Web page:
Improve your business English by yourself

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learning vocabHow can I improve my English when I’m not in the training room? I think that probably every one of my colleagues (including myself) has been asked that question more than once. The simple answer is: exposure. The more you expose yourself to the language you are learning (through films, conversations, books, apps, etc), the more you will learn. Following my post about popular business English apps, I have made a list of audio books that I hope you’ll find interesting.

Tips for improving your English with audio books

  1. Make sure you approach the audio book with the right attitude and expectations. The goal isn’t to understand everything – but rather to get the key points.
  2. Read the summary information before you start so you understand the general idea of the book.
  3. Listening to a book is not the same as reading one. Even native English speakers will drift in and out. If you don’t understand everything, just rewind!
  4. One play is not enough: repeat, repeat, repeat! Listen as many times as you want or need to.

If you don’t want to listen to something related to business, there are thousands of free audio books available online that you can choose instead. This is especially good for building your vocabulary!

Top audiobooks and themes

Audiobooks by Spencer Johnson

Biographies from top business people

Audiobooks by Bill Bryson – funny cultural insights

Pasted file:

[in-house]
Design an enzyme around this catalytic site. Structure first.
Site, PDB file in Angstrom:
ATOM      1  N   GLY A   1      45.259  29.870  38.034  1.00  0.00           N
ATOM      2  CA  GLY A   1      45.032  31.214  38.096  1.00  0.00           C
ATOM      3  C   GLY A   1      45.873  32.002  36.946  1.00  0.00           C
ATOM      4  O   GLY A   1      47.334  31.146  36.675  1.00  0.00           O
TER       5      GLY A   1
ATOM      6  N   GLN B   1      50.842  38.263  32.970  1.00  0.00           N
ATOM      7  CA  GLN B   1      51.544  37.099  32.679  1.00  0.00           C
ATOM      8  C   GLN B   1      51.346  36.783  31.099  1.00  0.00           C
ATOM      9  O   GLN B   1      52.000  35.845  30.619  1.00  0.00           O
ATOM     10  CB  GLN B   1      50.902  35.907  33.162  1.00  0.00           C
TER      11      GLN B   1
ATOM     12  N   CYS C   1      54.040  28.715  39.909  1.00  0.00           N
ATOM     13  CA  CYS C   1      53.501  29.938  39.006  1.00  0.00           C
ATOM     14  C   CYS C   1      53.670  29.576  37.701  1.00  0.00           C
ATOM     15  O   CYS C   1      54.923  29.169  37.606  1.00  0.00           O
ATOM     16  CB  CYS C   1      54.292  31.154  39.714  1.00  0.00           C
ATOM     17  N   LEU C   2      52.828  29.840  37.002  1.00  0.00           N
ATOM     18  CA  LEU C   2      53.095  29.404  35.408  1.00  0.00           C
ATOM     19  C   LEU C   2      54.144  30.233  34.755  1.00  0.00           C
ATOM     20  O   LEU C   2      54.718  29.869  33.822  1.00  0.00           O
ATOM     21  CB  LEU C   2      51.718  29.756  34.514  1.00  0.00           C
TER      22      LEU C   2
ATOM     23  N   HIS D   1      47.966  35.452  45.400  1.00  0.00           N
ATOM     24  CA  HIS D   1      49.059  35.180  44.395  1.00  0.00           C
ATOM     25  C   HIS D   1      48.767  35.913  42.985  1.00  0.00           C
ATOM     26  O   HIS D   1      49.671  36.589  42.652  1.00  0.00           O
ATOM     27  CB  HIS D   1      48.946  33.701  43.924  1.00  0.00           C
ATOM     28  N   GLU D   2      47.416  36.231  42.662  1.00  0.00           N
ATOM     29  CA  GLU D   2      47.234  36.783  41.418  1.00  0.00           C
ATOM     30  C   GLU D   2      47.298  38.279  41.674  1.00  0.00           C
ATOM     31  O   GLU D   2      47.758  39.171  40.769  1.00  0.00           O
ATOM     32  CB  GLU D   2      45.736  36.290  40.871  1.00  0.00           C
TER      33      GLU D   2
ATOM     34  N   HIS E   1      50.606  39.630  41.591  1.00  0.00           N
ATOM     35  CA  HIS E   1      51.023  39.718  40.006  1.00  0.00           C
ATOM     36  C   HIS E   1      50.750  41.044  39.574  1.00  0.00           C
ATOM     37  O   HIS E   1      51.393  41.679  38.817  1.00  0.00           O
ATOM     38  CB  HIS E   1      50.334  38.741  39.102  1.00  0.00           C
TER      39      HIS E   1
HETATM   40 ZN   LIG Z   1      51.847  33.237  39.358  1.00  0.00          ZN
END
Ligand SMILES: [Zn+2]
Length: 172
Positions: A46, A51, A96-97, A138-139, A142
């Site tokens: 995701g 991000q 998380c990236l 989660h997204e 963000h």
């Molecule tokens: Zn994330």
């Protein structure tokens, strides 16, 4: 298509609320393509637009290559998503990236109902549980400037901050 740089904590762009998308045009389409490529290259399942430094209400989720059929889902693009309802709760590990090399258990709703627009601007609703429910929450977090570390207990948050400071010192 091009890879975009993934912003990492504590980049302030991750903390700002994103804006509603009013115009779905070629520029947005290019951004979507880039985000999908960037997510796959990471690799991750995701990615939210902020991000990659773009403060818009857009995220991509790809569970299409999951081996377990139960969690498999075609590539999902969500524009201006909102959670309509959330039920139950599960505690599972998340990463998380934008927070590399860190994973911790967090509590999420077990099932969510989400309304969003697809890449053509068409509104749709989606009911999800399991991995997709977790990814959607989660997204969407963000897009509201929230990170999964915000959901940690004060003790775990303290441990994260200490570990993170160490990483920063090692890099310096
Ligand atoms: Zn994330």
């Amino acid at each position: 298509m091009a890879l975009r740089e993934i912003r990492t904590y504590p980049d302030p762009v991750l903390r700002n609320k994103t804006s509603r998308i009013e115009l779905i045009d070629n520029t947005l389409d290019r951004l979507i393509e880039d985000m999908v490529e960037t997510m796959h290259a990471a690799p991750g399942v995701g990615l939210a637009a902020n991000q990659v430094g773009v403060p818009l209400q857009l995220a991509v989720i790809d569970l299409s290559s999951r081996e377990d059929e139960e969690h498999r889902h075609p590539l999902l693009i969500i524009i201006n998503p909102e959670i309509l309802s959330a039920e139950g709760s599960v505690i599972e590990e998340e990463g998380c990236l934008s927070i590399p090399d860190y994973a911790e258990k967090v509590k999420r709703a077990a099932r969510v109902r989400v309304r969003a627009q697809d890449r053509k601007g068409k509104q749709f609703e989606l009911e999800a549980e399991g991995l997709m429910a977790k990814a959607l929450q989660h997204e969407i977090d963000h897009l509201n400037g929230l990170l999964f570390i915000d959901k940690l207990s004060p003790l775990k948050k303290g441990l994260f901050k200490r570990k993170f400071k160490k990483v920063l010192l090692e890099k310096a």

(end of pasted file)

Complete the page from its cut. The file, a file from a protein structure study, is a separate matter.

Top business books that are currently trending

Other resources

You might also want to check out companies like that offer audio summaries. And don’t forget to download a copy of our latest eBook “How to learn vocabulary”.


4 replies
  1. Gerhard
    Gerhard says:

    Many thanks Jennie for your answer!
    I find the ted-page interesting! With a accompanying transcript misinterpretations of the speaker’s words will certainly be reduced to a minimum.
    Thank you again!

  2. Jennie Wright
    Jennie Wright says:

    Many thanks Gerhard for your responses – you are right – it’s hard to follow and sometimes you can misinterpret words (especially if you are in a car on the way to a meeting).

    If you feel this may be a problem for you, start by using audio CDs with their book together. This way, you know you can check the actual book if there is a section you cannot follow. I have ‘Who moved my cheese’ as a book and an audio CD. This way you can use both.

    Also, if you like videos, try as these often have subtitles and transcripts for you to read.

    However, if you really want to listen, you can choose an audiobook that has been made for English learners – often called readers – and these are available at all levels. At the moment, my learners are listening to the Amazing People readers by Collins:

    Again, thanks for your comments!

  3. Gerhard
    Gerhard says:

    I just want to add an observation I made yesterday: I watched a video on youtube: It was an interview Larry King did with a wellknown person. The video lasted 45 minutes. If you are vividly interested in then it’s easy to follow such a format and you learn easily.

  4. Gerhard
    Gerhard says:

    Thank you for the encouraging tips.
    In my opinion audio books can be helpful, but there is a reoccurring problem (you mentioned it): You will often misinterprete words. As a native speaker you can easily spot the right word, if a word isn’t pronounced clearly.
    As for the written books:
    I like Bill Bryson! I read his recent book about our homes “At Home: A Short History of Private Life”, but admittedly I did this with a german translation!

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